I could give spoilers, but I’m not gonna. Gotta give Mr. O his due. It’s completely worth it, because Bewitched a fun one.
Since I’ve listened to Oboler’s plays for about twelve years now, here’s what I was expecting. I was expecting it to have the usual Oboler story cues, such as the wind out of nowhere when something creepy is imminent. On the radio, this was very effective, because Oboler didn’t like to have a lot of music during his plays, and wind created atmosphere.
In a film, where the actors’ faces, not to mention the scene, are all visible, random gusts of wind are a little odd, especially if the scene doesn’t react to it. When Joan and Eric are talking to the captain on the Long Island Ferry, there’s a gust of wind right before Joan turns evil. This wouldn’t be weird at all except that nobody’s hair moves, so the sense of foreboding doesn’t quite resonate in the same way.
Another common Oboler motif is the internal dialogue, and in this case, the internal battle. Throughout the film Joan is at war with herself and with Karen, and Karen’s voice doesn’t sound quite realistic. Oboler was famous for these kinds of interplays, such as in his Lights Out episode, “The Dream,” where a woman is deathly afraid to go to sleep and we hear her tortured self running through the same nightmare every night. When it comes to Bewitched, the device wasn’t used nearly enough in my opinion, which is a shame because split personality naturally lends itself to an internal battle structure.
Like many Oboler stories, especially of the World War Two period, the internal battle in Bewitched is a metaphor. Evil is not celebrated, but something to be stamped out. Joan’s internal battle is choosing whether or not she’s going to let evil win. In typical Oboler fashion, the story appeals to the listener’s higher nature, encouraging them to choose good over evil.
One thing that was definitely missing, and this is something I really didn’t expect, was how realistic the dialogue was. Oboler wasn’t always able to transition his writing style from the weighty, visual language that was necessary for radio, and this is probably why he didn’t really take off in the same way when trying to write for other mediums (Night of the Auk is a great example). The only time he seemed to fall into his usual style was when the characters describe actions that take place off screen, such as at the party when Joan’s parents and Dr. Bergson are discussing their concerns about Joan’s mental health. The rest of the time, the dialogue is very direct and simple.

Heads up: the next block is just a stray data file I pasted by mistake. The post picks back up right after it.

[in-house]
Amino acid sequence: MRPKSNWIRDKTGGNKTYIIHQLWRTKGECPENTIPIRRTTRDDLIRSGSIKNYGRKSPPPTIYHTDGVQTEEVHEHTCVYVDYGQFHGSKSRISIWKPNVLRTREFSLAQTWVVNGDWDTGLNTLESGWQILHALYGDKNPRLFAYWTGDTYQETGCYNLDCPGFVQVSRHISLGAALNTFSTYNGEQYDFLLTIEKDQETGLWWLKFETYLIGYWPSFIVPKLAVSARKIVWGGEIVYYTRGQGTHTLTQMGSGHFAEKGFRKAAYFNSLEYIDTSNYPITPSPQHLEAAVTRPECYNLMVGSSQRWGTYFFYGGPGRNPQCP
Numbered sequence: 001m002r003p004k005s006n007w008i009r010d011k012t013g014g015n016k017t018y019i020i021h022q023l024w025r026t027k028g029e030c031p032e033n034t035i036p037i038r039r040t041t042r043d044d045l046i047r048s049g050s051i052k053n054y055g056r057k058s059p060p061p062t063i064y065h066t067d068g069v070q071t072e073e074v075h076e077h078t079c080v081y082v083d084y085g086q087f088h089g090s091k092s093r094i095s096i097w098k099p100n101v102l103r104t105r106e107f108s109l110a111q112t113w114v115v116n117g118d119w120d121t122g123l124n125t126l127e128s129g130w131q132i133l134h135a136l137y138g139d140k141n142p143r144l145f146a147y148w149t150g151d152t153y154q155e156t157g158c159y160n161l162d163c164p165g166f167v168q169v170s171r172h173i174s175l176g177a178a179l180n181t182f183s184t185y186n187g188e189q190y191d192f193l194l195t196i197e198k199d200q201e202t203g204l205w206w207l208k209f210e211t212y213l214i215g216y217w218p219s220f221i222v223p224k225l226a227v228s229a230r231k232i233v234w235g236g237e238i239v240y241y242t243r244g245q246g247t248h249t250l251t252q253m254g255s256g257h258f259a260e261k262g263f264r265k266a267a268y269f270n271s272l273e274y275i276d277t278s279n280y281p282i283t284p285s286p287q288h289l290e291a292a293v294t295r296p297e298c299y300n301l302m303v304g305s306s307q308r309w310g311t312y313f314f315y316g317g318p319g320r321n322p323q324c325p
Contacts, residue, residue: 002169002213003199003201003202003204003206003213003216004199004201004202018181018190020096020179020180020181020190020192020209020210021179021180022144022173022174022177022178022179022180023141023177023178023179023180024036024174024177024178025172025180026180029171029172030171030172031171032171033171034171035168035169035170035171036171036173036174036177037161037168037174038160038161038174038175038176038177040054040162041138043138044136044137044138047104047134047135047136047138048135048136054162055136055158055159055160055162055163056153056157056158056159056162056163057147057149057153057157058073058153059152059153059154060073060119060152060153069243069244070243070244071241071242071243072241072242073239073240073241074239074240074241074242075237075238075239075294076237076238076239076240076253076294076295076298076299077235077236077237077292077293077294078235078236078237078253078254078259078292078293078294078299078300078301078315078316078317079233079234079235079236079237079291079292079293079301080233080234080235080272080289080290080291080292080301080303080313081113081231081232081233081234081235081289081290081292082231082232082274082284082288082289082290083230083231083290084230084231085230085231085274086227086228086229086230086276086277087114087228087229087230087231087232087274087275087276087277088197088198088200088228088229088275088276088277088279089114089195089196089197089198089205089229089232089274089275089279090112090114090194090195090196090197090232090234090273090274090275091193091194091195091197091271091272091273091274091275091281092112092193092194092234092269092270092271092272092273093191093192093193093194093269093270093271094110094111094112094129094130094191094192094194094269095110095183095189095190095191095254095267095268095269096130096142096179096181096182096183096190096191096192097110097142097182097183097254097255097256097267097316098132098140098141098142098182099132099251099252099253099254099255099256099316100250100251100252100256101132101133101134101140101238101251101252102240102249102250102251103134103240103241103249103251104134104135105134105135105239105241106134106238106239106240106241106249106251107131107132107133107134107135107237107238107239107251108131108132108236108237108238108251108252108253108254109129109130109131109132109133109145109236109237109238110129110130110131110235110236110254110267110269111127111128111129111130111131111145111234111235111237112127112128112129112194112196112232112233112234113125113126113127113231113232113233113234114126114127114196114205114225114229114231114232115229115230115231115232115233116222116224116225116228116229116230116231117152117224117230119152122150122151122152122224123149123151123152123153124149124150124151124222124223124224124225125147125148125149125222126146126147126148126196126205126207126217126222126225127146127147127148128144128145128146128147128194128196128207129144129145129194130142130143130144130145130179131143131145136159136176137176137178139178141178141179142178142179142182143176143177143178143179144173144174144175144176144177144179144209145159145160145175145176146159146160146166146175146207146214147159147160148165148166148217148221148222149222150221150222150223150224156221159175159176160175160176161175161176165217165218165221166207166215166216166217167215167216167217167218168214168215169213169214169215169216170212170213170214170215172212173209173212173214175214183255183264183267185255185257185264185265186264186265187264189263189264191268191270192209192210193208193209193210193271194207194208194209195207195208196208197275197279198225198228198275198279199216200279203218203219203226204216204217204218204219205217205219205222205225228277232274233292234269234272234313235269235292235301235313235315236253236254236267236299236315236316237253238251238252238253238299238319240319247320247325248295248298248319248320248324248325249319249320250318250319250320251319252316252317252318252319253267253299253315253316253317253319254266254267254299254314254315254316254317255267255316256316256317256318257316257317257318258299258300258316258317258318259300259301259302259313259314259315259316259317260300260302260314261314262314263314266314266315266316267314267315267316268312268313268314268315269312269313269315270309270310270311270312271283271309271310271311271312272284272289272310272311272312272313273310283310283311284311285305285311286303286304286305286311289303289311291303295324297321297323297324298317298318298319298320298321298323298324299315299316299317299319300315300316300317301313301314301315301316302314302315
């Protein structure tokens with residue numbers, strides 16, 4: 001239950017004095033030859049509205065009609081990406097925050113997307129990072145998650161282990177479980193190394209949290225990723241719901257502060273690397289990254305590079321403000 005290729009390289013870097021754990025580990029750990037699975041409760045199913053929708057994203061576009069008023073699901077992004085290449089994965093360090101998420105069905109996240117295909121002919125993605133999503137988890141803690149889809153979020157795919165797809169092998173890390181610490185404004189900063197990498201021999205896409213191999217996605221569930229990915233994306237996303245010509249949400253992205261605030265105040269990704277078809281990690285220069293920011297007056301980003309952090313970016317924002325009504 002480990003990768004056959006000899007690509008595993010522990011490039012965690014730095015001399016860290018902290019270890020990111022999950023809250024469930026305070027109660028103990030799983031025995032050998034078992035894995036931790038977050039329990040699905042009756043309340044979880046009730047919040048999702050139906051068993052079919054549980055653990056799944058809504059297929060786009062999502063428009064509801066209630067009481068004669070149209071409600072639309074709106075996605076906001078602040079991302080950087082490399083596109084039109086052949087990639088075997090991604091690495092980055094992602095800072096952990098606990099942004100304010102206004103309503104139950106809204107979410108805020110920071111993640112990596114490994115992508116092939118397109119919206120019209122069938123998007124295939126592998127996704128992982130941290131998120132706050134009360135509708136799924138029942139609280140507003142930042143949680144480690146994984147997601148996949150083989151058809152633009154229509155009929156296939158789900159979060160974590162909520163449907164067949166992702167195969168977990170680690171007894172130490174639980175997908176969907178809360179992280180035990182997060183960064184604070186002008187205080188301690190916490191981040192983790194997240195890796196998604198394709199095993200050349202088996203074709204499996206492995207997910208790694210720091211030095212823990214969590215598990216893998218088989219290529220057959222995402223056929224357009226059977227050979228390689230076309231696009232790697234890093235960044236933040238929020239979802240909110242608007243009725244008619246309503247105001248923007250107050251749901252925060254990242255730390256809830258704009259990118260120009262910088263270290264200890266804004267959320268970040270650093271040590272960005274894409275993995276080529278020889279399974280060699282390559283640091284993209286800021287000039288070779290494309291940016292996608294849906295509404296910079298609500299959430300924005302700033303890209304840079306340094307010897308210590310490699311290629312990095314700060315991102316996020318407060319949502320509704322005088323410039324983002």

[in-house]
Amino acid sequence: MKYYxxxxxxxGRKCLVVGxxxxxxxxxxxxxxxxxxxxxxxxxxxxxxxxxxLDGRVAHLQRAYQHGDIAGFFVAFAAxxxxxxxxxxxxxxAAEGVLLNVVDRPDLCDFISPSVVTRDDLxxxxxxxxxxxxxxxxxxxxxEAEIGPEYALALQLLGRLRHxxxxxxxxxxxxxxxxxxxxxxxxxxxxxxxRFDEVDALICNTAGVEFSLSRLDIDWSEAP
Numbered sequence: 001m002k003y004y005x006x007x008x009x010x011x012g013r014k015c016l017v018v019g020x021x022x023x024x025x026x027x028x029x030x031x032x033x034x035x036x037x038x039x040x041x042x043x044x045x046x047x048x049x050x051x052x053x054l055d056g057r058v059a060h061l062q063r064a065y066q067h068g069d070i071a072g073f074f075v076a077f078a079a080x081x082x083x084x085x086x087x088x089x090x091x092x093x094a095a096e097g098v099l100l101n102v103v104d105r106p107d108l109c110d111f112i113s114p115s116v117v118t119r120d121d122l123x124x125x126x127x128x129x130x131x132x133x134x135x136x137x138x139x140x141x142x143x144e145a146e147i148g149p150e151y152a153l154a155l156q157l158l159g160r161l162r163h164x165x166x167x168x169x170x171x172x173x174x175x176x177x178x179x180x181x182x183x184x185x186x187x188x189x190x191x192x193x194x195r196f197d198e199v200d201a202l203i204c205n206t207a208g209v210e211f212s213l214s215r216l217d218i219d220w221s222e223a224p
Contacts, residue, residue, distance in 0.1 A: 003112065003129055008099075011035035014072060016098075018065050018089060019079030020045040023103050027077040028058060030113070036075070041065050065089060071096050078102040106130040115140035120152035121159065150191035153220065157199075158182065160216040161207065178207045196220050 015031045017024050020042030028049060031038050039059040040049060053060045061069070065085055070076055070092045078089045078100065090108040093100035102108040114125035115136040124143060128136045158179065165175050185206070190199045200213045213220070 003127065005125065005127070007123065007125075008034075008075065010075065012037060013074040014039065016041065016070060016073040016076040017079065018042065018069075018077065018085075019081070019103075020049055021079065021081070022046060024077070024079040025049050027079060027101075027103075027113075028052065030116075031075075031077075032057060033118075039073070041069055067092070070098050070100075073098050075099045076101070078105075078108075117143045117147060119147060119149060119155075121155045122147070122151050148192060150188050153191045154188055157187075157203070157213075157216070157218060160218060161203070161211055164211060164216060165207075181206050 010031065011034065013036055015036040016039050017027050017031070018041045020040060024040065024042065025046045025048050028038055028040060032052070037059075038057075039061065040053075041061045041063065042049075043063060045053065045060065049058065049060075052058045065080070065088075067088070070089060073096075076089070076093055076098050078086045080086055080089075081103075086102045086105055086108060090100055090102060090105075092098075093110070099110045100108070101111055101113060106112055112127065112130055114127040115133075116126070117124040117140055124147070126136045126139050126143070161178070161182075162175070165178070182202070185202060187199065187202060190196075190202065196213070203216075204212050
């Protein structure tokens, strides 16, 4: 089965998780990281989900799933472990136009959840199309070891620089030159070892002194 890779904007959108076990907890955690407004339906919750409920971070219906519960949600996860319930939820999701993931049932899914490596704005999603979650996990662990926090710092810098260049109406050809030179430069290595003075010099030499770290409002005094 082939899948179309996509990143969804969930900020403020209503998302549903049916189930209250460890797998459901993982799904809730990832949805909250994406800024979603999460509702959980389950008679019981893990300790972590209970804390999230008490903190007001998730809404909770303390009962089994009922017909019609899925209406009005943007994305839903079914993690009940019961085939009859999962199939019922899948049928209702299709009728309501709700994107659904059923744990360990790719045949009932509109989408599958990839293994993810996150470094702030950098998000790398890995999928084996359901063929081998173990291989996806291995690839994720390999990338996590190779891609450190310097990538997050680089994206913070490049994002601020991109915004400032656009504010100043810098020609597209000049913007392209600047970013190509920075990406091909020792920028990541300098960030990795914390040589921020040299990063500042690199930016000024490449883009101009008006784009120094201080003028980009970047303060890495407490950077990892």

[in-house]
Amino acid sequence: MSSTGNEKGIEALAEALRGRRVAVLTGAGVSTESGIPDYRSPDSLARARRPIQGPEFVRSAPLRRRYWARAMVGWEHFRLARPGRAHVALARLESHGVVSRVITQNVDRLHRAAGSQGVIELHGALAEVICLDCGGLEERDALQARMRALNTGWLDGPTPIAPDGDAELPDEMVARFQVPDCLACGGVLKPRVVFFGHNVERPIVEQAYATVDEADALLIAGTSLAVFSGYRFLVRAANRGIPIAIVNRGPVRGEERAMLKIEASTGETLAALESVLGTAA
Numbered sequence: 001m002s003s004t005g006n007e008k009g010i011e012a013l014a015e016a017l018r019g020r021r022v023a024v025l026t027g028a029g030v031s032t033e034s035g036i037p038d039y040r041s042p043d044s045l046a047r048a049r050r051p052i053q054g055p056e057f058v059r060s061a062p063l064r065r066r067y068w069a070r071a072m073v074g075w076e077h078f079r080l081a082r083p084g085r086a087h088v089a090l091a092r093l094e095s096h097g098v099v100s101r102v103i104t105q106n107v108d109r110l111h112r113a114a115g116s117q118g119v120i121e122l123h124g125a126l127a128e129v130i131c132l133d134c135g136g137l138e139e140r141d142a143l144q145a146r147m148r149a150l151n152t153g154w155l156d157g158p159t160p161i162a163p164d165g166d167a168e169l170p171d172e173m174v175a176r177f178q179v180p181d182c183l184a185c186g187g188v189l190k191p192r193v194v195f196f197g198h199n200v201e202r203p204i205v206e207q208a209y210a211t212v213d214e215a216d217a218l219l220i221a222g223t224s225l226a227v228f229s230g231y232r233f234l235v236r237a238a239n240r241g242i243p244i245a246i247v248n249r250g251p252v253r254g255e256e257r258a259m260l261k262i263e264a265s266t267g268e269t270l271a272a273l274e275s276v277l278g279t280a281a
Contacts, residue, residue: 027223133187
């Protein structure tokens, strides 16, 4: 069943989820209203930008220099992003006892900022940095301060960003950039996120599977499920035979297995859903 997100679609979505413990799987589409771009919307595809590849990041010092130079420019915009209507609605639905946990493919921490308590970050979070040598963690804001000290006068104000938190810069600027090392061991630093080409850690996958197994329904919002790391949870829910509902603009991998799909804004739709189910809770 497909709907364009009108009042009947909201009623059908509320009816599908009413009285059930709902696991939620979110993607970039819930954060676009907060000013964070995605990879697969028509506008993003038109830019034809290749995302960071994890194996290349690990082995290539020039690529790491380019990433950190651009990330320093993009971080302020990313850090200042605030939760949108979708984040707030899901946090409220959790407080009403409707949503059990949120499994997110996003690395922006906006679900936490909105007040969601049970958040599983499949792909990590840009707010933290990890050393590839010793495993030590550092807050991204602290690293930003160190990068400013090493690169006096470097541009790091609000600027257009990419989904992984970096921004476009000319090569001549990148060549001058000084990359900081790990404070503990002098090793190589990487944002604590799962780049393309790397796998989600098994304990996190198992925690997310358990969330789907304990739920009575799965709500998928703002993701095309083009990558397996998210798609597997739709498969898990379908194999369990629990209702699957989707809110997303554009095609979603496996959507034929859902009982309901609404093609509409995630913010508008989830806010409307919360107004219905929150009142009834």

There was a reason for Oboler to employ his usual bag of tricks when it came to Bewitched–it was a B-picture with a microscopic budget. Ergo, Oboler decided to camouflage the lack of money with a bit of radio-inspired magic, and the result worked like a charm. His one major expense was getting Bronislau Kaper to write the music, because he wanted the score to punctuate Joan’s internal and external torment.
The film clocks in at an economical sixty-five minutes. Oboler didn’t waste a single second. Now, one could argue that the story needed to open up a little bit to make it more horrific and explore Joan’s Karen side a bit more. It would have absolutely upped the suspense and given the ending more punch. The film is also unrealistic in terms of how Joan is treated. To be fair, though, it was the 1940s and psychology was handled differently back then. Anyway, the story is tight as a drum and still gets the point across. For what it is, Bewitched is a great movie that deserves a watch. Or two. Or three. 🙂
As always, thanks for reading, all, and hope to see you again tomorrow…
Bewitched is available on DVD from Amazon.